You guys! We just reached a personal high in beer and cheese pairing with a well-crafted doppelbock and a seriously aged gouda! A thousand days aged to be precise. If you love salted caramel (and there is much to love about salted caramel) you should definitely try this pairing!
About the doppelbock. Typically this style from the dark lager family is known as a starkbier (strong beer in German) and strong it is, albeit sooo deceptive, because it goes down very, very smooth. Doppelbock literally means double bock, and bock stands for a male goat. This has to do with the fact that bocks were typically brewed during the time of the Capricorn star sign, hence the imagery and the name. Doppelbocks were first brewed by Bavarian monks to have something nutritious and sustaining to drink during the fasting days of Lenten. They didn’t have it bad, did they? Doppelbocks usually have ABV of 7% or higher, IBU in the range of 20-30 and are described as malt forward. They are full-bodied and bring tastes of caramel, dried prunes, even chocolate and licorice.
The one I am talking about is a tad bit different. It is a seasonal brew by our beloved neighborhood Zwei Brewing Co. They call it their annual Nachtfestbier – made for the Christmas holidays (Festive Night Beer). Maybe this explains why it had hints of spices you would expect in an Oktoberfest or even Gluehwein. Being a seasonal style you can only get it at the brewery.
Chris sampled it at the brewery and bought a crowler so I can try it too. We knew doppelbocks are supposed to pair well with sweet aged cheeses or mellow and buttery blue cheeses. We ended up buying a well aged gouda at Trader Joe’s and I have to say that just from the looks of it, we knew it will be a good fit. The piece was covered with tiny whitish crystals, which in aged goudas means that the milk was of very high quality and the aging process was impeccable. More on that below.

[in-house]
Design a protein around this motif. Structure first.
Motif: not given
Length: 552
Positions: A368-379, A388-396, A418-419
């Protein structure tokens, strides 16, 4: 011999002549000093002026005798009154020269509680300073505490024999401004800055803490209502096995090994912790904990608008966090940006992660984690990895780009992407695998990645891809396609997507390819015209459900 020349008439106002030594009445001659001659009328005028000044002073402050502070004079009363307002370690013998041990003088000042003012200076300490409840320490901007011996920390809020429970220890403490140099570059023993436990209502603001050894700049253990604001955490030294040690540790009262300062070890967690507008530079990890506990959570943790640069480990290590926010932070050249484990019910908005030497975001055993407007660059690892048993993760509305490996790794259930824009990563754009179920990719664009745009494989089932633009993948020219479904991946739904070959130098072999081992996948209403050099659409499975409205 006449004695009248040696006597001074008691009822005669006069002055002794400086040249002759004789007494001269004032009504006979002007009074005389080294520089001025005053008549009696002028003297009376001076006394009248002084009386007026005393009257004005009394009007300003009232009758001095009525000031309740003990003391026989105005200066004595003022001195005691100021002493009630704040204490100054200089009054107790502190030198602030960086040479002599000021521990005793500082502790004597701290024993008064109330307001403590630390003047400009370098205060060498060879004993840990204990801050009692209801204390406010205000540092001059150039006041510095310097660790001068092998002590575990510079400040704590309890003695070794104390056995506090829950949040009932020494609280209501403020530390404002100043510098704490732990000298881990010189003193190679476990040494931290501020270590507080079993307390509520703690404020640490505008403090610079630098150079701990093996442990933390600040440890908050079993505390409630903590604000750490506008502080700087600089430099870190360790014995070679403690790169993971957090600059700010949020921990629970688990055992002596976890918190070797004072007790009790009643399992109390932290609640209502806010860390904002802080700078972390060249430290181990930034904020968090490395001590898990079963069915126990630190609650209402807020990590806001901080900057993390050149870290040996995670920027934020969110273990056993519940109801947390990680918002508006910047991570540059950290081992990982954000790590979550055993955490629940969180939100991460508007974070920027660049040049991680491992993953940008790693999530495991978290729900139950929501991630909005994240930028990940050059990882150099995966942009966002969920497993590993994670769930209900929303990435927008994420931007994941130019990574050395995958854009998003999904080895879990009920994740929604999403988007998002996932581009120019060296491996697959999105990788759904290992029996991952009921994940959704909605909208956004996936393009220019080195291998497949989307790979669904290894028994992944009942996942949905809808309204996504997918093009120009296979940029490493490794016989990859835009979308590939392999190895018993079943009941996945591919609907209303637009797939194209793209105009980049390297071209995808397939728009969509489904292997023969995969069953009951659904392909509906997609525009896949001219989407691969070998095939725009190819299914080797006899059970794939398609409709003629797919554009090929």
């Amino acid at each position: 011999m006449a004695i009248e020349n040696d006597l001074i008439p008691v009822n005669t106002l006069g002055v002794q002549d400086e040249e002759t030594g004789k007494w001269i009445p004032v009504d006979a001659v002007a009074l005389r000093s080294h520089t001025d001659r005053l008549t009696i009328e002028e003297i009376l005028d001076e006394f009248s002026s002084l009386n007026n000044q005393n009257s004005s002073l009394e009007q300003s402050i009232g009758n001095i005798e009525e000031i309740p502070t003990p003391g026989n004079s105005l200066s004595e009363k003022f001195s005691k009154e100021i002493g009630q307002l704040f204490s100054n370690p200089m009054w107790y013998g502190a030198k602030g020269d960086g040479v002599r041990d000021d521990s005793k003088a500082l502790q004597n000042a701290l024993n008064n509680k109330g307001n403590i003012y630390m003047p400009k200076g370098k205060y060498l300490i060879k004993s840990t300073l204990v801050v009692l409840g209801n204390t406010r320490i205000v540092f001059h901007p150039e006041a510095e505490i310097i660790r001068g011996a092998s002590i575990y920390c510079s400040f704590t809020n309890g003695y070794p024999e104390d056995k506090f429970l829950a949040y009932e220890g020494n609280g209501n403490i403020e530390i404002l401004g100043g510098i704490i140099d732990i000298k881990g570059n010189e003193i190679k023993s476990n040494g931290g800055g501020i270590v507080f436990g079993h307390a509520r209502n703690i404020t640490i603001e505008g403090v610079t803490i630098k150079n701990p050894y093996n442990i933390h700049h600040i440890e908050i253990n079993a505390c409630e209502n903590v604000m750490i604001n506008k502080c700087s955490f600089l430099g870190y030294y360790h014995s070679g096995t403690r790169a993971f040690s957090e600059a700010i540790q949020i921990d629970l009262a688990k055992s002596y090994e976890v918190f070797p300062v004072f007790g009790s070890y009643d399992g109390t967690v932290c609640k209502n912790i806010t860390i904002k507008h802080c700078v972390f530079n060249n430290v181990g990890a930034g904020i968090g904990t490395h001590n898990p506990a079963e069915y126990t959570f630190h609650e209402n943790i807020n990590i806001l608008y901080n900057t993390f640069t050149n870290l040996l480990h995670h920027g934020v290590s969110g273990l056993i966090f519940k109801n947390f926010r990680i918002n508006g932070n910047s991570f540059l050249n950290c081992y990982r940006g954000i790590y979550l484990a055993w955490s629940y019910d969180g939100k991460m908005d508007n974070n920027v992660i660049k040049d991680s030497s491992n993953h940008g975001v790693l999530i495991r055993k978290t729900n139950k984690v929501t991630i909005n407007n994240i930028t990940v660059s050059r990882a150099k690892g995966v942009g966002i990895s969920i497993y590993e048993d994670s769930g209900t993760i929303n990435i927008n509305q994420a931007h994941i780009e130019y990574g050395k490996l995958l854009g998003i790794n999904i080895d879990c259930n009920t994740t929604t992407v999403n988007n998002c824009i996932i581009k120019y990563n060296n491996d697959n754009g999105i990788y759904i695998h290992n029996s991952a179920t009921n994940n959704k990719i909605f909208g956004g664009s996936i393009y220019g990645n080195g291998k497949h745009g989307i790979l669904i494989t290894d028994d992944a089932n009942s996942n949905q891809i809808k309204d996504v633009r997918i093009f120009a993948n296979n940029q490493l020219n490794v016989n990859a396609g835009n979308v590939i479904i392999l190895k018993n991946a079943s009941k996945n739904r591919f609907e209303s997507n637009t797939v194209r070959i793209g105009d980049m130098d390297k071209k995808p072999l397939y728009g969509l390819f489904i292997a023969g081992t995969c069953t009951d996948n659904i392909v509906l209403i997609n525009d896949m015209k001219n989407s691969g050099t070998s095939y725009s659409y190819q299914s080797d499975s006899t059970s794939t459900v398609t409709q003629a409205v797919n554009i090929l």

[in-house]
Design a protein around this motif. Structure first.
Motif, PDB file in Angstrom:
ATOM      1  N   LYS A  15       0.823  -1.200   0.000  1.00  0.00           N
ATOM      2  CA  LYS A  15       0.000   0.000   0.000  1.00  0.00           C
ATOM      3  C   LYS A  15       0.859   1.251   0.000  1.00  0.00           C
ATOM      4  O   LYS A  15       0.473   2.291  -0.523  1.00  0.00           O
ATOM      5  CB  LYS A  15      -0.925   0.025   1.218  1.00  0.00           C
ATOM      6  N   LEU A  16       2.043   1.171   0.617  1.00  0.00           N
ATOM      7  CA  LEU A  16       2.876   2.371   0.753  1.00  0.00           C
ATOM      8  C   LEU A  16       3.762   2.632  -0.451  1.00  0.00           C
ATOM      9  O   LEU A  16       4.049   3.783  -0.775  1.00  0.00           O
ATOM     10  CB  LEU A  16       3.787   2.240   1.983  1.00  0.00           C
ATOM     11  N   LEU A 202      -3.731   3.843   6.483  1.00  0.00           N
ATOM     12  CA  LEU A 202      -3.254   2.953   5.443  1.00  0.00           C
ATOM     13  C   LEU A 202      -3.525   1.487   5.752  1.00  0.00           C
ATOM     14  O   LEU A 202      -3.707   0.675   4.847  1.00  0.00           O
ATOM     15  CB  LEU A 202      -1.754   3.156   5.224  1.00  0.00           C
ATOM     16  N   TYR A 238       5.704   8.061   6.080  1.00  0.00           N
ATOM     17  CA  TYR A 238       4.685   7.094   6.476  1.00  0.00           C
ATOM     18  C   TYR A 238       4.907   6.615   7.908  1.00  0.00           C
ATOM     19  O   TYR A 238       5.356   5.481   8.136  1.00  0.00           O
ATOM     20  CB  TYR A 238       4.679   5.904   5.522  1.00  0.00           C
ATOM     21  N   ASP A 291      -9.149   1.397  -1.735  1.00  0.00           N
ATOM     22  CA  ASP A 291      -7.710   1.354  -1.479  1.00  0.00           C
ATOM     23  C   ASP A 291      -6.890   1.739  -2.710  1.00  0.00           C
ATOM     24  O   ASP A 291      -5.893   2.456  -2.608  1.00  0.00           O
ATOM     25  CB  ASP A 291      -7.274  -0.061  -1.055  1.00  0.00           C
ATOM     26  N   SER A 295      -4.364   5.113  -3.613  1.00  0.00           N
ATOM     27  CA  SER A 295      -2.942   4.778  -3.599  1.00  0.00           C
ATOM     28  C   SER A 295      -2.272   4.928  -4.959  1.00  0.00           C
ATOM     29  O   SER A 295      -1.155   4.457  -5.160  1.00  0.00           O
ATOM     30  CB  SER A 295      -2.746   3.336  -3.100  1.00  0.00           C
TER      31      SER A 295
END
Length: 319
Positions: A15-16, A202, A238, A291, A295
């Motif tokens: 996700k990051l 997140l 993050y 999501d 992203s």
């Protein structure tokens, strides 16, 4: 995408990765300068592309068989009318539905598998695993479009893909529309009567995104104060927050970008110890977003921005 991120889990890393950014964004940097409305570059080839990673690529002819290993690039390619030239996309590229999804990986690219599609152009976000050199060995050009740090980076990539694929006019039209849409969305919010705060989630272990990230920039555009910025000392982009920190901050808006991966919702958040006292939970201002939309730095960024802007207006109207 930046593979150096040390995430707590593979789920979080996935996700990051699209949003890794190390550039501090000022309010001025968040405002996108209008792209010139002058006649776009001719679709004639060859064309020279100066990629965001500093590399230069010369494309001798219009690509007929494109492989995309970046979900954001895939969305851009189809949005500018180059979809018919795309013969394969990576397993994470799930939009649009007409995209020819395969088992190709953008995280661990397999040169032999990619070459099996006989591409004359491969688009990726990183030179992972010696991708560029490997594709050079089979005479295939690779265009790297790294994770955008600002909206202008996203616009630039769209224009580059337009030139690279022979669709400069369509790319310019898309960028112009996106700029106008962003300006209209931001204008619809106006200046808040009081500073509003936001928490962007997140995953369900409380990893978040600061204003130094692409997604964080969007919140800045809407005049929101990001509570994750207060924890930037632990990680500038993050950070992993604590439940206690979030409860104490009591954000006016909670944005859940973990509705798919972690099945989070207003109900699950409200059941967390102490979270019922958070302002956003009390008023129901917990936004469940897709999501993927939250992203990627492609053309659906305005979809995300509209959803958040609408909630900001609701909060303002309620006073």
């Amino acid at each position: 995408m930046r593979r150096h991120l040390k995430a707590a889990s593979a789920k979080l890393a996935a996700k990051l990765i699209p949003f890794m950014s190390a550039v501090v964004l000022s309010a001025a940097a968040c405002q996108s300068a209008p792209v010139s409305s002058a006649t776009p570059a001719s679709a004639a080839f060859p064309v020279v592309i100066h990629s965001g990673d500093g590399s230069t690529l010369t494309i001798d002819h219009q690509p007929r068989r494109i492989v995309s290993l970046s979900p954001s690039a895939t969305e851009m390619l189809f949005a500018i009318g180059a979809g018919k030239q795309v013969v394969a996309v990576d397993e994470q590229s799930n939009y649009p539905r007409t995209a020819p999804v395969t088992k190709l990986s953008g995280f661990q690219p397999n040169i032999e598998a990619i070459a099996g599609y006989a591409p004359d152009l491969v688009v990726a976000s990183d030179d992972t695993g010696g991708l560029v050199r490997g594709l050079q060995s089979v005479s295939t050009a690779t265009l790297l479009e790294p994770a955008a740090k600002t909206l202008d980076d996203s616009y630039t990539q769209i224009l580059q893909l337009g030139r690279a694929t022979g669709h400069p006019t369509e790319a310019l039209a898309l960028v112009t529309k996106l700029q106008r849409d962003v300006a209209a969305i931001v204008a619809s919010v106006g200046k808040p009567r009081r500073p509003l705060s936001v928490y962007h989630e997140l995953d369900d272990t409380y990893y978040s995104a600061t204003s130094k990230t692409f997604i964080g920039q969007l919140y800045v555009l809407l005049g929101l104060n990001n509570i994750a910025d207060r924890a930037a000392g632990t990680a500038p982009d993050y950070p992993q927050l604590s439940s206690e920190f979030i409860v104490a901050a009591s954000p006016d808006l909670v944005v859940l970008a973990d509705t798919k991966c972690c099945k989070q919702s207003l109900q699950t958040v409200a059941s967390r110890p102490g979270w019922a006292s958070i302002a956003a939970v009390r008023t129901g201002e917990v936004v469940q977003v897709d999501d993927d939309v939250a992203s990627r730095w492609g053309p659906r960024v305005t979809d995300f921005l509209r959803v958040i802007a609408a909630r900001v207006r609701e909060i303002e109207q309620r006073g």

Now, about this fabulous pairing. We like to taste the beer first. Get familiar with it. Embrace the flavors. Then explore what it will feel like to have a sip after the taste buds have been awash with the cheese flavors.
The doppelbock was deep, deep brown with very little tannish head. Very little carbonation, more syrupy. Caramel, toast and licorice aromas that carried to the mouth. Full bodied, robust and shamelessly malt-centric. Subtle alcohol warmth towards the end and hints of the spice flavors I mentioned earlier made it feel festive. And deceptively smooth. Next year we will definitely buy some to have for Christmas, it is so festive.
We tasted the gouda and had a sip of the doppelbock and it was literally “Wow.. Mmmm….This is sooooo good. These two are meant to be had together. Let’s try it again to be sure we are not imagining. Is it really the same beer?” The caramel sweetness of the beer amplified by the cheese. And… remember the whitish crystals? Crunchy and salty, they cut into the mellowness and creaminess of both beer and cheese and elevated the flavors.
Here is something about gouda. It can only be made in Holland (geographical protection,) and only with local cows’ milk. Otherwise it is called a gouda style cheese. It is categorized as a farmer’s cheese (boerenkaas in Dutch) and according to the Dutch cheese makers, anything aged over 12 months is a very old cheese (overjarige kaas). Gouda is ripened on untreated wooden shelves, turned by hand initially daily and then less frequently as it continues to age. Talking about artisan! It is semi-hard yet still creamy with a very sweet core. The sweet core is due to the manner in which it is made. It entails removing part of the whey and adding water to the curds (the solid masses from which cheese is made), washing away lactose from the curds and leaving less lactic acid to turn the cheese salty. If you want, watch this video. I had a blast watching it, but that could have been my nerdiness being satisfied.
The 1000 days aged gouda here presented didn’t exactly crumble, but rather flaked in very precise, irregular slivers. It was very intense and rich but definitely not overwhelming. Just like the doppelbock.
The crunchy white crystals all over the cheese are a prized feature of all aged goudas. They are attributed to an amino acid called Tyrosine. It promotes the breakdown of fats and proteins from the curds and transforms them into the clusters we see as crystals. Why some aged cheeses form Tyrosine crystals and others do not is still a mystery. ((http://scholarworks.uvm.edu/cgi/viewcontent.cgi?article=1320&context=graddis))Which made me feel like I was eating magic cheese that was making the beer taste even better. True story!